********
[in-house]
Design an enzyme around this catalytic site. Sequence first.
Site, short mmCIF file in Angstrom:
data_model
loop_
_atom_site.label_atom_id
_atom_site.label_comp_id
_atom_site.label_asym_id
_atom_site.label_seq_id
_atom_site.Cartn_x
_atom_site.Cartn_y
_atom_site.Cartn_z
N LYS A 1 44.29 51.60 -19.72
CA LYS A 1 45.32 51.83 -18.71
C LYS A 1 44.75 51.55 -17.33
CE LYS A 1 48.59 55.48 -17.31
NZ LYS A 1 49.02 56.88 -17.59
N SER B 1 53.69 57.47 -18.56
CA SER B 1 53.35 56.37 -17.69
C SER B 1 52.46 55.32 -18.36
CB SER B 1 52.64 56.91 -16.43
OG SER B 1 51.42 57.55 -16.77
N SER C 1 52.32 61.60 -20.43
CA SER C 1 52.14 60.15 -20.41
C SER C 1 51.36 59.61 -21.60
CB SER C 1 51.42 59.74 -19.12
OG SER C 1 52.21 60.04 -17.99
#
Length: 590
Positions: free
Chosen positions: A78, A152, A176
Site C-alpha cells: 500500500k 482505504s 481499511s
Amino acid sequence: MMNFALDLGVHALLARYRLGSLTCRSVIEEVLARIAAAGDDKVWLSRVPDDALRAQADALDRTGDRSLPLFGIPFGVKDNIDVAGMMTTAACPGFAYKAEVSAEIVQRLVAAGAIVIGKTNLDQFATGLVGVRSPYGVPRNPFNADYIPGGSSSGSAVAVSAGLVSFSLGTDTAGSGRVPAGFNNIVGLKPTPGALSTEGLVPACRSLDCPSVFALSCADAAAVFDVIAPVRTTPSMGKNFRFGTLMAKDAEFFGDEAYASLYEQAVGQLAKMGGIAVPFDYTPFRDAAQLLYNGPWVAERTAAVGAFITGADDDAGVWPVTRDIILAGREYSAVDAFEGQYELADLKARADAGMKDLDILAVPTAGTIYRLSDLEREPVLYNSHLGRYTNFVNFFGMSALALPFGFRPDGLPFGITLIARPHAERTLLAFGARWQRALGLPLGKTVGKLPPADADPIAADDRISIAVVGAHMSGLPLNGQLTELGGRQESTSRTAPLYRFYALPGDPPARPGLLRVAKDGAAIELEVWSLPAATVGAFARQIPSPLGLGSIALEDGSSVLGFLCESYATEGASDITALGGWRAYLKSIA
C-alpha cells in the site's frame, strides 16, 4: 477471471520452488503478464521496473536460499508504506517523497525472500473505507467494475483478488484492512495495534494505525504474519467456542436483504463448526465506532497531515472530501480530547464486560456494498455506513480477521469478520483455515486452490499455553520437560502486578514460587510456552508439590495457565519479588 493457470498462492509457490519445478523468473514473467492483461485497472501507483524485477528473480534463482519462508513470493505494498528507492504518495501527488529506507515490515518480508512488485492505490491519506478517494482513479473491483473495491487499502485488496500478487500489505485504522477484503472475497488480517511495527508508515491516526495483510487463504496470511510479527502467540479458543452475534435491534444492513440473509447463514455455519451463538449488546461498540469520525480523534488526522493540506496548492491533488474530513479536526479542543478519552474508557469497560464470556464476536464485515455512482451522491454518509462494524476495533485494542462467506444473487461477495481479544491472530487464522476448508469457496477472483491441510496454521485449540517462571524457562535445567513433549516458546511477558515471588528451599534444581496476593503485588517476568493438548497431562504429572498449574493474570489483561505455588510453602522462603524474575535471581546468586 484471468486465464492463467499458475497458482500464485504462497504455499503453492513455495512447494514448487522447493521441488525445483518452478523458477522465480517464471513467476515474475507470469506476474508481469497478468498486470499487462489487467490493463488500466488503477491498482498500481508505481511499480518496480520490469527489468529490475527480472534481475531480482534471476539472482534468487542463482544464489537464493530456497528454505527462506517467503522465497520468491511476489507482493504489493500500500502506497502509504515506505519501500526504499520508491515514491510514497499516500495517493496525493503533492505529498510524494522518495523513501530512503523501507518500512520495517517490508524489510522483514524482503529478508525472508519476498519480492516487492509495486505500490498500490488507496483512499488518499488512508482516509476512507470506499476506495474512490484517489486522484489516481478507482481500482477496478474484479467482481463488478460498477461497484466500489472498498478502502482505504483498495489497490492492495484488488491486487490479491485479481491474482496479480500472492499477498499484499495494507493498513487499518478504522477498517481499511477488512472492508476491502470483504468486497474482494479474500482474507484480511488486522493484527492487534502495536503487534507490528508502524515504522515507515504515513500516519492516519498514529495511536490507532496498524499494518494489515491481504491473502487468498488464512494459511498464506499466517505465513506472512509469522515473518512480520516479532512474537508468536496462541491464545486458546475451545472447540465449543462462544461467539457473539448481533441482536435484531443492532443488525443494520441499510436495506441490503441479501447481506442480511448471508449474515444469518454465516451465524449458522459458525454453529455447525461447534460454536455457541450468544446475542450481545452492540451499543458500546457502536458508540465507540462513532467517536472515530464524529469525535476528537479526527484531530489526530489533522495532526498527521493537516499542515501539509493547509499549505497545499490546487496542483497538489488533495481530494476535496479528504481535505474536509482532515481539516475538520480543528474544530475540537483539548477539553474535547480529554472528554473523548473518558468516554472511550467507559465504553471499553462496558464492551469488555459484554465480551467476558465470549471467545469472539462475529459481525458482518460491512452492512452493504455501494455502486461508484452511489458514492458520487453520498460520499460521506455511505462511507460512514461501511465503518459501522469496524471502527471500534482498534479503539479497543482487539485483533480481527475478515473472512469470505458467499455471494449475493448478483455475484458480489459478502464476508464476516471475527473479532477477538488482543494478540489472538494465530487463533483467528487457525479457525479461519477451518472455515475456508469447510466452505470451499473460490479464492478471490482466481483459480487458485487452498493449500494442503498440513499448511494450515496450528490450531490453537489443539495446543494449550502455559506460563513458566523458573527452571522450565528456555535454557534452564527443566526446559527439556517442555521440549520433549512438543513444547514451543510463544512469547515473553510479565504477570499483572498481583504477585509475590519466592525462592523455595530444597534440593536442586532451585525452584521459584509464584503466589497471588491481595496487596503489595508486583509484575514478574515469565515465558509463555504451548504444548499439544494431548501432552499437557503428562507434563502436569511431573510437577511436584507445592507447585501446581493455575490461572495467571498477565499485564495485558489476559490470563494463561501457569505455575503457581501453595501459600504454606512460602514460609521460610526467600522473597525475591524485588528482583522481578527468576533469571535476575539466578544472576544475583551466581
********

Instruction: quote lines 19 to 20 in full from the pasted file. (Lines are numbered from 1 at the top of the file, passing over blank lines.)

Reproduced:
CA SER B 1 53.35 56.37 -17.69
C SER B 1 52.46 55.32 -18.36